Monday Motivation: Write Your Story — and No One Else’s
Sometimes, when you write, you worry about all sorts of stuff.
Will anyone ever like what I’m doing?
Will what I’m writing make any sense?
And, sometimes, this poisonous, midnight thought creeps in: What if what I write is too much like someone else’s work?
I call that a poisonous midnight thought because it saps your creativity something fierce. It makes you think that what you’re doing isn’t special, or vital, or interesting. And it makes you want to give up.
Want my advice?
Here it is: Don’t.
Refuse to give up. Keep writing, as long as it takes.
Never give up on your stories.
Now, as to why I say this? The simple fact is, you can give ten different writers one story prompt, and end up with ten wildly different stories. They might be in different genres; they might be in different voices; they might be in different time periods, even. So that one story-prompt, which you’d think would lead to a bunch of very similar stories, often leads to anything but.
Why is this?
It’s simple. Every person writes differently. Our minds are all different. Our stories are all different, too. And the way we tell the stories, much less how we tell the stories, is also all different.
That’s why you should not be afraid to write your story. No matter if everyone else has done vampires to death, if your story has a vampire heroine (or villain), go ahead and write it — ’cause it’s still your story, and it’ll be unique because of you.
Or if it’s military science fiction, say…there are a ton of great milSF writers out there, and maybe they’ve written a story very similar to the one you want to write already. But your characters are different, and you are different, too…you have to trust that your story will be different, and that you will not commit unintentional plagiarism.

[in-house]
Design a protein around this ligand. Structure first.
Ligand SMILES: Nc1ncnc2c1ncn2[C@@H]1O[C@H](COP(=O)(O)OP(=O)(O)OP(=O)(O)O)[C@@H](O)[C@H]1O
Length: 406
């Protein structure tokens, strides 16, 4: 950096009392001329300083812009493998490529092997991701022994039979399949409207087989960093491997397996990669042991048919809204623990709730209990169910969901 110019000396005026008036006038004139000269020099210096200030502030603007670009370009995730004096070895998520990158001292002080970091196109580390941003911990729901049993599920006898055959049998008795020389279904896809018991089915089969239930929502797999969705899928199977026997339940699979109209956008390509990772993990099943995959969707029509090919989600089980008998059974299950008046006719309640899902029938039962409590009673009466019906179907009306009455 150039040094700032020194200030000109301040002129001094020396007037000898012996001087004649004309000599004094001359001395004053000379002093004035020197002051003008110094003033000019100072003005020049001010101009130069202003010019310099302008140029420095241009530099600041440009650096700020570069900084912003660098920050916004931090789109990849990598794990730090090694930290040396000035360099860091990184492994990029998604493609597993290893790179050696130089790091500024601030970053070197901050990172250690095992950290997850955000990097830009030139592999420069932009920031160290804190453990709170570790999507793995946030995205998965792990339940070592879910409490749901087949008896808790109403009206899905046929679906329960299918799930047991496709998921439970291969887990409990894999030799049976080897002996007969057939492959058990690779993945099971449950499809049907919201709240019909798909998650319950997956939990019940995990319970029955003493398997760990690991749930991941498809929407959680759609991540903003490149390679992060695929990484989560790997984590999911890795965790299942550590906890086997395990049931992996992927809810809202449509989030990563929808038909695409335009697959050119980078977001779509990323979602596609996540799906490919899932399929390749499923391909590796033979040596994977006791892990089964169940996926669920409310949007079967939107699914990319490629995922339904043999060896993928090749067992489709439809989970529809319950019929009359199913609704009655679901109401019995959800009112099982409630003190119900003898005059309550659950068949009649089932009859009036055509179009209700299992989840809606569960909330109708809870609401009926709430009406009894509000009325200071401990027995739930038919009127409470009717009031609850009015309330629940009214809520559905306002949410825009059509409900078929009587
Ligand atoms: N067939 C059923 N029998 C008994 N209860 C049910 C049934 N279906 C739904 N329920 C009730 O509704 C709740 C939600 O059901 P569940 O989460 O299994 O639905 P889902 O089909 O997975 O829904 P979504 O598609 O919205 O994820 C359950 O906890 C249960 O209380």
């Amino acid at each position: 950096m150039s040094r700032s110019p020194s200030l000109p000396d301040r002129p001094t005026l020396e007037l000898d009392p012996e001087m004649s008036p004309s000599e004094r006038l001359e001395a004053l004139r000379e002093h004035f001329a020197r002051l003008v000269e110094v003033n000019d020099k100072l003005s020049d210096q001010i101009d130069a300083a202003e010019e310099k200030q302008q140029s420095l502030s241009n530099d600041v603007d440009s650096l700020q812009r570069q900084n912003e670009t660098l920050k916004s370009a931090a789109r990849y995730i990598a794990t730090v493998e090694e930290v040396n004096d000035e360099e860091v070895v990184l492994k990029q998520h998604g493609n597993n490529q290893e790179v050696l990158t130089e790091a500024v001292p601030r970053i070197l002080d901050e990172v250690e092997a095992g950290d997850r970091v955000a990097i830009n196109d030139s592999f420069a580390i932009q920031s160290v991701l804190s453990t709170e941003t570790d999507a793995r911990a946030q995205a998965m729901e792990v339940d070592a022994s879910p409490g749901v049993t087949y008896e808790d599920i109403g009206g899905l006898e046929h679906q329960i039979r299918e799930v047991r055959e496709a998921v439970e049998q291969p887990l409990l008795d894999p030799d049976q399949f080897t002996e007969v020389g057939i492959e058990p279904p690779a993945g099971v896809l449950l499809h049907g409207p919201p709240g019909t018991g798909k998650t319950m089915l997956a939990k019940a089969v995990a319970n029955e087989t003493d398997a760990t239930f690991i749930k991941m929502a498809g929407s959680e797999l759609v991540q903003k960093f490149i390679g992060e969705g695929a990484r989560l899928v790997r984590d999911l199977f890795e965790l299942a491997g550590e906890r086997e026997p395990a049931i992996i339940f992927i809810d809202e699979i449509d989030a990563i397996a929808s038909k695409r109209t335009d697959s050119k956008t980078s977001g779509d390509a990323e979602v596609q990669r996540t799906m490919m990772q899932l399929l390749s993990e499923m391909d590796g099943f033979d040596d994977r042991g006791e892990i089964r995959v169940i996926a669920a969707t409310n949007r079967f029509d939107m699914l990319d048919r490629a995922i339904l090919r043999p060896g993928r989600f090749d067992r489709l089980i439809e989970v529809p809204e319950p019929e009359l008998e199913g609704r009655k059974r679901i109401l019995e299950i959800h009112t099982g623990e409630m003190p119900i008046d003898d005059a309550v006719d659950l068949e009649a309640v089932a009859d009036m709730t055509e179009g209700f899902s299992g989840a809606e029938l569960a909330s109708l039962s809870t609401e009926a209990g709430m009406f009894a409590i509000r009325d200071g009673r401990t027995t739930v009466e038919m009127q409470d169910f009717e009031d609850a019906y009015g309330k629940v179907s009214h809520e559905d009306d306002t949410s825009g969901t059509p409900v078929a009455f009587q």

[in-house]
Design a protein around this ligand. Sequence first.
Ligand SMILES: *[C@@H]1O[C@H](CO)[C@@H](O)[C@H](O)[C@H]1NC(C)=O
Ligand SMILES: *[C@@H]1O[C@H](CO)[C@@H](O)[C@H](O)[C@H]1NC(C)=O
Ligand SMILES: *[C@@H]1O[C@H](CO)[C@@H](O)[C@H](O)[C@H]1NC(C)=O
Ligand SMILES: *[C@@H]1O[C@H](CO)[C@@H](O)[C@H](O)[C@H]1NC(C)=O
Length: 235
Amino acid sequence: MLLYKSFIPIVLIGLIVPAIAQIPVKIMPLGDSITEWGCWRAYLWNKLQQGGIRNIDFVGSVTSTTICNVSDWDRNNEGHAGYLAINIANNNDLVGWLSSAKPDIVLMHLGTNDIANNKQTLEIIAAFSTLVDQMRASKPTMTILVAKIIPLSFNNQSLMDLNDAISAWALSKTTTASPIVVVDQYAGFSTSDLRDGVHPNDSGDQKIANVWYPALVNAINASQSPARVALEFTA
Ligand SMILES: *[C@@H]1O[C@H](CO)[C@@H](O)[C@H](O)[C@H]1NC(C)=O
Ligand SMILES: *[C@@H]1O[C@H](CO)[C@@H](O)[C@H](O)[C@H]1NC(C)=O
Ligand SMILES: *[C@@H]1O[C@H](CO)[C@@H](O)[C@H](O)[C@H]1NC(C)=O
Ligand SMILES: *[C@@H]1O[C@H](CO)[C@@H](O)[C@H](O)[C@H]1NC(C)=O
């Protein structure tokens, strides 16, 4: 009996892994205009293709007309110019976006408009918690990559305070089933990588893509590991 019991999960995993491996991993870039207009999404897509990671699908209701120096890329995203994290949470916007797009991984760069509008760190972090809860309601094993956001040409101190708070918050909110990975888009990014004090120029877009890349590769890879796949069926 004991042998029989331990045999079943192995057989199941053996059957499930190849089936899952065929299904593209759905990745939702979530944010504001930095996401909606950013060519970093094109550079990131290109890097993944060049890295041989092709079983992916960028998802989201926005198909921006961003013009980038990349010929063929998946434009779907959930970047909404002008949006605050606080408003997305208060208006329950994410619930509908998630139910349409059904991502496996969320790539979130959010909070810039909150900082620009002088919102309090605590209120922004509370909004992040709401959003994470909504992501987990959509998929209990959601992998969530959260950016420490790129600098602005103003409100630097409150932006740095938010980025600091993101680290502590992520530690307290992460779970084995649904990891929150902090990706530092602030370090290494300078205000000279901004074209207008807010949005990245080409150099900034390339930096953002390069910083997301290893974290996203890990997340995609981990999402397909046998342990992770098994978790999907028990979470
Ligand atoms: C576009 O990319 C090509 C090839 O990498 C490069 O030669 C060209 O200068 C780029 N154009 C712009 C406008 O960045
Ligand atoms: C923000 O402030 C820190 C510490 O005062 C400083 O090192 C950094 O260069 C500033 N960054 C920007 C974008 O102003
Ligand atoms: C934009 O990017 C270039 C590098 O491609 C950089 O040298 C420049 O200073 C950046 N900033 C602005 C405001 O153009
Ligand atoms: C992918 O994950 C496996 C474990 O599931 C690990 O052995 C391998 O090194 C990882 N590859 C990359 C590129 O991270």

Now, if you’re truly worried about unintentional plagiarism while you’re writing, just don’t read books in the same genre as the story you’re working on.
I realize this is a hardship, mind. Most of the time, you wouldn’t be writing in the genres you’ve picked unless you truly loved the work of other authors. (Cutting yourself off from these authors is quite difficult, but it’s not forever — it’s just until your own book is done and put to bed.) That helps protect you, and your writing, and may give you some peace of mind.
But if you can’t do that, you need to trust that your story will be different, because it has you at the heart of it rather than Other Writer.
So, please. Do yourself a favor, and set that worry aside. You don’t need it.
All you need is you, your belief in yourself, and enough time to work on your stories. Because they are important, as are you…but you won’t know that until you work through your fears, and just keep going. (Damn the torpedoes, eh?)